In his bestselling book, and soon to be movie, Act Like A Lady, Think Like A Man, Steve Harvey offers women advice on “how to be a girl,” something he believes is a lost art. Many of his suggestions, including cooking for your man and not lifting heavy items, are typical of the reductive thinking permeating incessant modern discussions about black male-female relationships. Women are to be dependent, submissive, chaste yet sexually available, and focused on “womanly things” like nurturing, child-rearing and cooking. Above all, a good woman must “let a man be a man”–that is independent, a natural leader in all things, emotionally distant, sexually voracious and prone to stray. We are told, the fate of the race and black women’s happiness depends on both men and women acting out these roles. But treating traditional gender roles as gospel is more damaging to the black community than helpful. There is no one way to be a man or a woman.

This isn’t a treatise against men and women who like to kick it old school. Do you. But it is dangerous to hold up regressive ideas of femininity and masculinity as the way it should be. Too many of our ideas of gender roles are based on the sexist hierarchy entrenched in the majority white culture, long before black men were recognized as fully men and black women as women. Narrow views of gender do a disservice to both black men and women, curtailing their freedom to be their authentic selves and exacerbating already serious problems in the black community.

Harvey and many other advice-givers traffic in the notion that black men are simple and largely the same. Those claims make me angry every time I hear them. I am angry because that idea sells short every wonderful black man I know–my husband, my brother, my nephews, my father, my grandfathers–all good men, who are as complex and varied as any other human being. None can be summed up in with cartoonish descriptions of manhood.

When it comes to relationships, men are also varied in what they want and need, as are women.

There are old-school brothers who believe in ruling the roost and there are more modern types who prefer egalitarian relationships. I married a man that wants to be my partner not my leader. I have another married friend that believes in “husband as head.” We both have happy marriages that work for us. Which is the point, really. Women who wish to marry aren’t in search of just any man, but one that fits their unique needs. Advice that encourages women to bend themselves to fit men, with men defined as some monolithic group, is as useless as it is sexist.

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  • Dave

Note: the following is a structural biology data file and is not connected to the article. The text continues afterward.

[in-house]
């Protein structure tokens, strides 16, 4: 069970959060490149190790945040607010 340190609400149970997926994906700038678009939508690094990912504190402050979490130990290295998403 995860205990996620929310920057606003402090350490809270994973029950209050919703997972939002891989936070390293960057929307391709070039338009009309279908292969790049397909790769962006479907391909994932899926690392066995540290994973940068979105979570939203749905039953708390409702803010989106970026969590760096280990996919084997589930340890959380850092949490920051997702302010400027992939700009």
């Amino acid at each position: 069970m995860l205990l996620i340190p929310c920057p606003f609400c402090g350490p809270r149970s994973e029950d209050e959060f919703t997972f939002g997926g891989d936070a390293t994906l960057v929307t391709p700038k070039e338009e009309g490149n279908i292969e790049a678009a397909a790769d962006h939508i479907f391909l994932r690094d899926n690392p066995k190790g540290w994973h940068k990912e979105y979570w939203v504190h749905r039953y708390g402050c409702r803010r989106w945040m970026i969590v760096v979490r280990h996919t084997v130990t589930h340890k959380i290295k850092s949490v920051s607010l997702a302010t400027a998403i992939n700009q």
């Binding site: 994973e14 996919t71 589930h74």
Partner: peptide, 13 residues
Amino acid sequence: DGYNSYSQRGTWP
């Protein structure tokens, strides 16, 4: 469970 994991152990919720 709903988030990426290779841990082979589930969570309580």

Preach! I’m co-signing on this article. I always found it funny that people would actually take Steve Harvey as a serious relationship-advice giver. He most definitely isn’t someone young men and women should look up to as an example.

    That light skinned woman is beautiful! Can someone tell me if she is an actress or model? Does she have a fan page?
    PS: I’m not thirsty

    • Socially Maladjusted


      I’m not thirsty


      Why not the b itch makes me thirsty.

      ha ha . . .

  • E.M.S.

    If the old school gender roles work for someone else, great, but they don’t for me. I prefer working together as a team & being on the same level. That’s worked out pretty well so far :)

    I’m the type of woman that believe in complete equality. That includes paying for dates! We always alternate to take care of the bill and fill the gas tank.

  • Tumaini

    Great article! I find it so frustrating how some macho notion of maleness is always used as the reference point for prescriptions as to how women should act.

  • Leelee


    REAL MEN can do things that can harm or displace their families unintentionally. You can make a choice with the best of intentions and it can still go horribly wrong. This doesn’t make them less of a man or bad people because they make an unwise choice. That’s why,I believe, other opinions are needed. Group think can be toxic, just ask the staff of the Challenger. This is my main problem with gender roles. I have a right to decide which direction my life goes. So when there are big decisions that could forever change my life I have a right to be a part of them.

  • Miss September

    IMO it can be a balance in a relationship . I agree with the article that traditional gender
    roles does not always work . Every relationship is different and a lot of it is trial and error . Also , ladies I wouldn’t take advice from any of these so called gurus . I think
    the best advice is to follow your heart . That should determine if the relationship is
    for you or not ……